Human-powered flight is nothing new, but to create a working human-powered ornithopter has been a dream shared by inventors and tinkerers since the 1800s. Now a Canadian engineering student has built and flown one that really works.
An ornithopter is any aircraft that gets its forward thrust from flapping its wings like a bird, rather than using a propeller or jet. Long before the Wright brothers showed us the way, many of those wacky early flying machine attempts were ornithopters, but none were truly successful at achieving sustained flight.
Using advanced materials and modern know-how, Todd Reichert, a 28 year old PhD engineering student at the University of Toronto's Institute for Aerospace Studies, has created and flown The Snowbird in the first truly successful human-powered ornithopter flight. For his record-breaking feat, Reichert managed to fly some 475 feet at 16-mph, or about twice as far as those early Wright brothers flights.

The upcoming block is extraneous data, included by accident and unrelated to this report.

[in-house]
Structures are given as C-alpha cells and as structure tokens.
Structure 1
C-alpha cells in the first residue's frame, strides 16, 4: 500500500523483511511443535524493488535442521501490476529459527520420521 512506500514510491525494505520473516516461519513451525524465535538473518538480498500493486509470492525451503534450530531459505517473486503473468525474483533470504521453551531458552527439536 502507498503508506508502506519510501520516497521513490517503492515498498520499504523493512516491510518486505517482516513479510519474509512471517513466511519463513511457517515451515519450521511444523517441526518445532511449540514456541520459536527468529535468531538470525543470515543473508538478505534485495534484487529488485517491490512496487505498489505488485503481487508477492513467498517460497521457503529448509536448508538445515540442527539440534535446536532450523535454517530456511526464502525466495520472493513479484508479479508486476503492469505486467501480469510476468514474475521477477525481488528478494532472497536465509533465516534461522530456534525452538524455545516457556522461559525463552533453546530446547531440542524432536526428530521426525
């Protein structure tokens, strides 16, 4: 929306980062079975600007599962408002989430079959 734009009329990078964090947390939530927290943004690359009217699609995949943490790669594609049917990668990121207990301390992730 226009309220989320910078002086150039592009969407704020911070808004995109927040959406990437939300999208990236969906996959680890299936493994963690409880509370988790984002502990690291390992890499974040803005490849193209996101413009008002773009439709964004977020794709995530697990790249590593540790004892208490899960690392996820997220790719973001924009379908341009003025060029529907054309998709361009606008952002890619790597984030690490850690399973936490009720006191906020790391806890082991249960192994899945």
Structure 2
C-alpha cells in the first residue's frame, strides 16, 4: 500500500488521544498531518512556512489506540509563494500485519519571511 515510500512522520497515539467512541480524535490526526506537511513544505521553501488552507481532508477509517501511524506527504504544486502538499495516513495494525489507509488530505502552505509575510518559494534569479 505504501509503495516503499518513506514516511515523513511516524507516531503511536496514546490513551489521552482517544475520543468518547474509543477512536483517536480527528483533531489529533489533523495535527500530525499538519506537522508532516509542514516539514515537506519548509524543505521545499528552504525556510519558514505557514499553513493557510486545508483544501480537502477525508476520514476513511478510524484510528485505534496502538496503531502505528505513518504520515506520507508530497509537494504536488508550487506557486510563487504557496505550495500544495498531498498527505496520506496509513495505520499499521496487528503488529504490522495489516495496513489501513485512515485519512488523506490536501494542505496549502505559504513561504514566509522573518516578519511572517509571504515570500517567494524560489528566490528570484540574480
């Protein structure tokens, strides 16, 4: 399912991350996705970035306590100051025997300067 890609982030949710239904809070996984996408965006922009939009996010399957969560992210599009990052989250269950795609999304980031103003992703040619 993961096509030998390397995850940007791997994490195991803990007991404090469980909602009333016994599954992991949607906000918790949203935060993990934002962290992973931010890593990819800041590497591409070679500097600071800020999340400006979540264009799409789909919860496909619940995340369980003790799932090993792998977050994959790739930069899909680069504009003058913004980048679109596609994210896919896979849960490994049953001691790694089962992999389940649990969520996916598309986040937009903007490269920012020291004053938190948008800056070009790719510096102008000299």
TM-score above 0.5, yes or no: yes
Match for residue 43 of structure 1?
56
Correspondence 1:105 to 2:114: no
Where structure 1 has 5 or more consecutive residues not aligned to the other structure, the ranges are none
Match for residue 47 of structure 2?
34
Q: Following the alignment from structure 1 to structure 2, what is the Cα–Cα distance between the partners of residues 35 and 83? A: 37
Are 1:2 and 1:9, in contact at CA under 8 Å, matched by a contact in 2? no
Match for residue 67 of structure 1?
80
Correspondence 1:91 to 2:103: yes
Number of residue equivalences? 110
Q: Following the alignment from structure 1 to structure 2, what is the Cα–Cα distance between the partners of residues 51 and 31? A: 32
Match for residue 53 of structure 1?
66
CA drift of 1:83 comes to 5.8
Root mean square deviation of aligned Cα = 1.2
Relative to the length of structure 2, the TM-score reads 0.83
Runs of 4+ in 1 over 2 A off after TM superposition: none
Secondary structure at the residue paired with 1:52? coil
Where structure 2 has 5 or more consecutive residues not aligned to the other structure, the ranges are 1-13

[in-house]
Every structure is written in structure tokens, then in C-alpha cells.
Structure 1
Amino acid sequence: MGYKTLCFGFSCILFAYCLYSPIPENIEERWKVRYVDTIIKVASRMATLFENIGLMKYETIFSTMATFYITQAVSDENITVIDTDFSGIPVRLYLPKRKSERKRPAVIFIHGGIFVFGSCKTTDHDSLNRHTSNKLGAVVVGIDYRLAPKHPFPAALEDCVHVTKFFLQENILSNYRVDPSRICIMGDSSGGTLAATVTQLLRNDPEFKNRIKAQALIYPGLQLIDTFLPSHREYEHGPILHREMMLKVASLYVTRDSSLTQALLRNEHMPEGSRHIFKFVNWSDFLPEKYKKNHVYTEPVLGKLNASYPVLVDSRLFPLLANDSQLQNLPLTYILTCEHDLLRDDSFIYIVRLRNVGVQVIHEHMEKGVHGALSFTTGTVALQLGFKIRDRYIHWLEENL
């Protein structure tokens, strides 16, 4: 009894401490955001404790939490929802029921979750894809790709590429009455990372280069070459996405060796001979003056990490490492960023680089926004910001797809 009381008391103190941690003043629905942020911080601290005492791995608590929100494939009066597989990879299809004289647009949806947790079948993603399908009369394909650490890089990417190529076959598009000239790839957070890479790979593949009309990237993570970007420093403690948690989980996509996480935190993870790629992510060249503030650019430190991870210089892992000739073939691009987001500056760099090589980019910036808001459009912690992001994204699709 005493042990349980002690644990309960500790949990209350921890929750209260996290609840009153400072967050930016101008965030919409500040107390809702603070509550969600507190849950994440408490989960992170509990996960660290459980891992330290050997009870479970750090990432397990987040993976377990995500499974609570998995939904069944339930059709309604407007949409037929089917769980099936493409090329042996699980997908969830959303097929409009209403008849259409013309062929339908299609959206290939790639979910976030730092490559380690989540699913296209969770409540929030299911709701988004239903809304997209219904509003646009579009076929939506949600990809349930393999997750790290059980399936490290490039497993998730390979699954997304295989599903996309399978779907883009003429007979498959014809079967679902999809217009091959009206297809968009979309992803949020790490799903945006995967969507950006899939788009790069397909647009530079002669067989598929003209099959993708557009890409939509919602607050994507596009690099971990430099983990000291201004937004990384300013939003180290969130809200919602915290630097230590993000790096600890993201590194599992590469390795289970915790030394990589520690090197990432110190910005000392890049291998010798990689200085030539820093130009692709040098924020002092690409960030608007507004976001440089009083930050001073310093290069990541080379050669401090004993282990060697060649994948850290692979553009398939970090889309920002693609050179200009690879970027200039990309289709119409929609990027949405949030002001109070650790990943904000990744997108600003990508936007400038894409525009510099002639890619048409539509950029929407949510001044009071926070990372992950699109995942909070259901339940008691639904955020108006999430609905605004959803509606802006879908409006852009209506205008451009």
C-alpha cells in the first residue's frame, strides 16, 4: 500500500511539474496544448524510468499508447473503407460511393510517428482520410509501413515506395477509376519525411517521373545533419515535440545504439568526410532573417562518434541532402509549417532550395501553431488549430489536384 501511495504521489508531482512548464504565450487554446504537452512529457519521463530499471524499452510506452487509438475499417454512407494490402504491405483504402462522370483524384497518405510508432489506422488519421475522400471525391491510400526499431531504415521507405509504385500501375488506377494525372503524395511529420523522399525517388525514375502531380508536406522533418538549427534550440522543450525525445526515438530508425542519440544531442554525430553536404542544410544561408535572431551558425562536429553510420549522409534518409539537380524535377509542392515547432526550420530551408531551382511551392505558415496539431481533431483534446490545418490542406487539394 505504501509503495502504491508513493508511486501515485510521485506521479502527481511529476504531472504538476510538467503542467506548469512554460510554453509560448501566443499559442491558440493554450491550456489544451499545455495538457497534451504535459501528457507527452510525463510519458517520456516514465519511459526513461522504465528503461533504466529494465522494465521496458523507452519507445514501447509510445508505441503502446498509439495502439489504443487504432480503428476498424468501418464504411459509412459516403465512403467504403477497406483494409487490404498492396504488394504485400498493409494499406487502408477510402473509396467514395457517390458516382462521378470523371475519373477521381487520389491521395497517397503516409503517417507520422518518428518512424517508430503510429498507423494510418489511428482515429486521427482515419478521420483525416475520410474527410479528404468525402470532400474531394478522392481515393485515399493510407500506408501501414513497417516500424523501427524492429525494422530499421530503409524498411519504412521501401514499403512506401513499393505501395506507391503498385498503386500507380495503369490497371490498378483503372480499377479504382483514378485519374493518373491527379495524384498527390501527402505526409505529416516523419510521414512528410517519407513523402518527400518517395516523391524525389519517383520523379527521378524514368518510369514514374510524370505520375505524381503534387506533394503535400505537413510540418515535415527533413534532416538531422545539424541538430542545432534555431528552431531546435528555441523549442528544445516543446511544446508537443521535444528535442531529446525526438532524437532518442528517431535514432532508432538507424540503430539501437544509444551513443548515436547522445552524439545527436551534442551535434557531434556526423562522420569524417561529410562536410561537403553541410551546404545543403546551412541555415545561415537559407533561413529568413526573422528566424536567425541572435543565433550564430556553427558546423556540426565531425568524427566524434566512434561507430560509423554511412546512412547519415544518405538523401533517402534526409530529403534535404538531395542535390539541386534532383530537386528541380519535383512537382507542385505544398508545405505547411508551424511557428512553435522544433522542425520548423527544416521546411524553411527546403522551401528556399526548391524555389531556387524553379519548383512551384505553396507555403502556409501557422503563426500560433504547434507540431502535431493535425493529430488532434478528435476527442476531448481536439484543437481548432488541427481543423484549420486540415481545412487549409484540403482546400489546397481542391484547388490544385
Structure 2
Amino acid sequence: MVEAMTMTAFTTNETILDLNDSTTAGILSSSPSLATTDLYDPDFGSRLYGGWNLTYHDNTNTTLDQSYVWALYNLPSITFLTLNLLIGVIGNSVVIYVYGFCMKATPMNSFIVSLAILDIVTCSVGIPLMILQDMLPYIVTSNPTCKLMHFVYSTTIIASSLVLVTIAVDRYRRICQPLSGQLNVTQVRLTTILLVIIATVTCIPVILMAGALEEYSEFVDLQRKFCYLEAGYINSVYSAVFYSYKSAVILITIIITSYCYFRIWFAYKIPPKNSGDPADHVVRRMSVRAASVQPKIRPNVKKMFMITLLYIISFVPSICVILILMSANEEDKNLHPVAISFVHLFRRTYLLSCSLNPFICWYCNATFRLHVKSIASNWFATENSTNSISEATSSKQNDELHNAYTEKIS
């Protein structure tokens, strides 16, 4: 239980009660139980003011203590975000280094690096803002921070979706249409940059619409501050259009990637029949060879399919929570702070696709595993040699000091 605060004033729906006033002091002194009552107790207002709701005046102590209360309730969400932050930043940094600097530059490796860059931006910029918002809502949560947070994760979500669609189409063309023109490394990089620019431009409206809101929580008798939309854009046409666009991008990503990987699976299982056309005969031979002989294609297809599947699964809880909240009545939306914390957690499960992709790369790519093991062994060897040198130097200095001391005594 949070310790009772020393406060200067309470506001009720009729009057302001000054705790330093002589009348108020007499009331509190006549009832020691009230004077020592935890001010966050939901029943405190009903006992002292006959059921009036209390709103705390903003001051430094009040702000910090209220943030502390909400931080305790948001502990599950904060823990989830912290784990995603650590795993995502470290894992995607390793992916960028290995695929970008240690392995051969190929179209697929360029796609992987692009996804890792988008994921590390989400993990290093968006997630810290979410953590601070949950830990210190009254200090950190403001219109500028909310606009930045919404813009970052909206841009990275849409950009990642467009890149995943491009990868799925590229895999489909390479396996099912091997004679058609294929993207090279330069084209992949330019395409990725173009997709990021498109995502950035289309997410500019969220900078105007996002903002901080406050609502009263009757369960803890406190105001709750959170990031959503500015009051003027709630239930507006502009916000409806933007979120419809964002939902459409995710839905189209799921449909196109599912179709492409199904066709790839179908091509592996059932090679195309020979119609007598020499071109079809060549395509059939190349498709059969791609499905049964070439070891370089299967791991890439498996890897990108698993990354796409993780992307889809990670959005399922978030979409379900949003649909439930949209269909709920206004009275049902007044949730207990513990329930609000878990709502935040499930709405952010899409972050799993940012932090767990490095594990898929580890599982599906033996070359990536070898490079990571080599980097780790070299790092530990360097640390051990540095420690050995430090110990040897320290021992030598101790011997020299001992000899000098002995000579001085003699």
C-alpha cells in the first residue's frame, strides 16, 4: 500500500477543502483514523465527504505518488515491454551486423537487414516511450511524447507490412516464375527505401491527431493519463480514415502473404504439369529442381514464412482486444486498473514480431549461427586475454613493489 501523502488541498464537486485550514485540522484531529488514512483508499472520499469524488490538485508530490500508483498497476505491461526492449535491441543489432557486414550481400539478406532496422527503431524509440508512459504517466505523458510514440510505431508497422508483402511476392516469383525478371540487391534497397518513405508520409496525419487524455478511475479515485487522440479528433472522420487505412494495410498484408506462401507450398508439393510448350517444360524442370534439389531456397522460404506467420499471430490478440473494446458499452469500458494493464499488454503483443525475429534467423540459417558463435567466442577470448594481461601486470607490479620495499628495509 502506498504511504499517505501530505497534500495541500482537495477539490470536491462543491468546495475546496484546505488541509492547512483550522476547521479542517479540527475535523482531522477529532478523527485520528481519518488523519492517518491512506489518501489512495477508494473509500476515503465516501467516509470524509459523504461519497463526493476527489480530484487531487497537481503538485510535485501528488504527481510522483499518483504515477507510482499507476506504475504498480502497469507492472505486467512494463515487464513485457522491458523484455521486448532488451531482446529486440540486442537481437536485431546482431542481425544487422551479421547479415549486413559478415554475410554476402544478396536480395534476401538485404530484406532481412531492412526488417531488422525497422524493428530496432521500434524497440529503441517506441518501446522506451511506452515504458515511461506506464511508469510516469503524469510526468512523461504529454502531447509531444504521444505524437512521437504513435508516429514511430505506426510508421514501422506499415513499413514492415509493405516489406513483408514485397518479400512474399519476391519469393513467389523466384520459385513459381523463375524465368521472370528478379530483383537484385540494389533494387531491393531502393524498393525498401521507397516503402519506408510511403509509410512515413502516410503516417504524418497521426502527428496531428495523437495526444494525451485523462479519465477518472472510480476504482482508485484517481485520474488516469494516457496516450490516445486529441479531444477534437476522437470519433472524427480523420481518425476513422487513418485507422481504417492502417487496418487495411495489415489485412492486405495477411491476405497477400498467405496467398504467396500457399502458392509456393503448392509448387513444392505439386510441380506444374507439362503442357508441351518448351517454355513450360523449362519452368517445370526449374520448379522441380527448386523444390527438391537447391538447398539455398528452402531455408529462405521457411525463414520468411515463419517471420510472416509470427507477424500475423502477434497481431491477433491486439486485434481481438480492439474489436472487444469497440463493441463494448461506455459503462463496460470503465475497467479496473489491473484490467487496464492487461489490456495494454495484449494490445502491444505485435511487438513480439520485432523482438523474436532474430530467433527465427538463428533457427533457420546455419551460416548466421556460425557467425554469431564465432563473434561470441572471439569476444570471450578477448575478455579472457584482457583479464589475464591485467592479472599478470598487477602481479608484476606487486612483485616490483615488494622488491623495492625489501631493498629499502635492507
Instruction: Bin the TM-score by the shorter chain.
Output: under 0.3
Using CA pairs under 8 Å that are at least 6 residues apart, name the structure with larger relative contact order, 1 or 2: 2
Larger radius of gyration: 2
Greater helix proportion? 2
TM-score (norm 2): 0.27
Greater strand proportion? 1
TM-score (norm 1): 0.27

The Snowbird has a wingspan close to that of a Boeing 737 but weighs a mere 94-lbs, so Reichert dropped 18-lbs of his own body weight while preparing for the attempt. A tow vehicle is used to get The Snowbird off the ground, but once underway the wings take over, with a series of lightweight lines connected to the pedals making its wings flap gracefully. After the flight Reichert noted that "this represents one of the last of the aviation firsts,"
I just wonder how long before he attempts to fly it across the English Channel?